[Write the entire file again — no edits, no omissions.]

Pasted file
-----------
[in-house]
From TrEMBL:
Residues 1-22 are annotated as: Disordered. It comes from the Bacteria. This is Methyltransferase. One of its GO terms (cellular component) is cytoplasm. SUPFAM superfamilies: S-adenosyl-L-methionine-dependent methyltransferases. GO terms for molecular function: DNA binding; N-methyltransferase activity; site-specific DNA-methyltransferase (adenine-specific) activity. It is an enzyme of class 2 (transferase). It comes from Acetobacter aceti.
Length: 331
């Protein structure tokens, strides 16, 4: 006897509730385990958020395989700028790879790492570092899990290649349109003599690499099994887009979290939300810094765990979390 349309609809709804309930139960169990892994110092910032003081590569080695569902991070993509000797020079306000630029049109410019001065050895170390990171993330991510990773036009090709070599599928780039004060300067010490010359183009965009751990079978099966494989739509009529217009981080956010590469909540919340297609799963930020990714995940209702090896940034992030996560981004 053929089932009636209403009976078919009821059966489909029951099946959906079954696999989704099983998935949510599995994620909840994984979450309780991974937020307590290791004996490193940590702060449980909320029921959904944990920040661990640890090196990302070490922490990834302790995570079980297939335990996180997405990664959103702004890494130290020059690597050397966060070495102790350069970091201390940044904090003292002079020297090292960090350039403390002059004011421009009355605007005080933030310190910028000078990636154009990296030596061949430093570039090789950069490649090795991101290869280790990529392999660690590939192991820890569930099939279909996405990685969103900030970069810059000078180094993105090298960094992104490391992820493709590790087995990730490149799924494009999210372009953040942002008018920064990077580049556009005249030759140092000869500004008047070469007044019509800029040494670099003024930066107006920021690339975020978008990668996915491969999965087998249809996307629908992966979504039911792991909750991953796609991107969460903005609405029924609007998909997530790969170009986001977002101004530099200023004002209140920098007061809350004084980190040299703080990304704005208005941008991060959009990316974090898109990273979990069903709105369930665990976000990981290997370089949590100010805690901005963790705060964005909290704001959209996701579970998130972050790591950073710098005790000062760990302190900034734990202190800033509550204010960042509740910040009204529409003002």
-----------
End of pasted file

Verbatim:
[in-house]
From TrEMBL:
Residues 1-22 are annotated as: Disordered. It comes from the Bacteria. This is Methyltransferase. One of its GO terms (cellular component) is cytoplasm. SUPFAM superfamilies: S-adenosyl-L-methionine-dependent methyltransferases. GO terms for molecular function: DNA binding; N-methyltransferase activity; site-specific DNA-methyltransferase (adenine-specific) activity. It is an enzyme of class 2 (transferase). It comes from Acetobacter aceti.
Length: 331
């Protein structure tokens, strides 16, 4: 006897509730385990958020395989700028790879790492570092899990290649349109003599690499099994887009979290939300810094765990979390 349309609809709804309930139960169990892994110092910032003081590569080695569902991070993509000797020079306000630029049109410019001065050895170390990171993330991510990773036009090709070599599928780039004060300067010490010359183009965009751990079978099966494989739509009529217009981080956010590469909540919340297609799963930020990714995940209702090896940034992030996560981004 053929089932009636209403009976078919009821059966489909029951099946959906079954696999989704099983998935949510599995994620909840994984979450309780991974937020307590290791004996490193940590702060449980909320029921959904944990920040661990640890090196990302070490922490990834302790995570079980297939335990996180997405990664959103702004890494130290020059690597050397966060070495102790350069970091201390940044904090003292002079020297090292960090350039403390002059004011421009009355605007005080933030310190910028000078990636154009990296030596061949430093570039090789950069490649090795991101290869280790990529392999660690590939192991820890569930099939279909996405990685969103900030970069810059000078180094993105090298960094992104490391992820493709590790087995990730490149799924494009999210372009953040942002008018920064990077580049556009005249030759140092000869500004008047070469007044019509800029040494670099003024930066107006920021690339975020978008990668996915491969999965087998249809996307629908992966979504039911792991909750991953796609991107969460903005609405029924609007998909997530790969170009986001977002101004530099200023004002209140920098007061809350004084980190040299703080990304704005208005941008991060959009990316974090898109990273979990069903709105369930665990976000990981290997370089949590100010805690901005963790705060964005909290704001959209996701579970998130972050790591950073710098005790000062760990302190900034734990202190800033509550204010960042509740910040009204529409003002």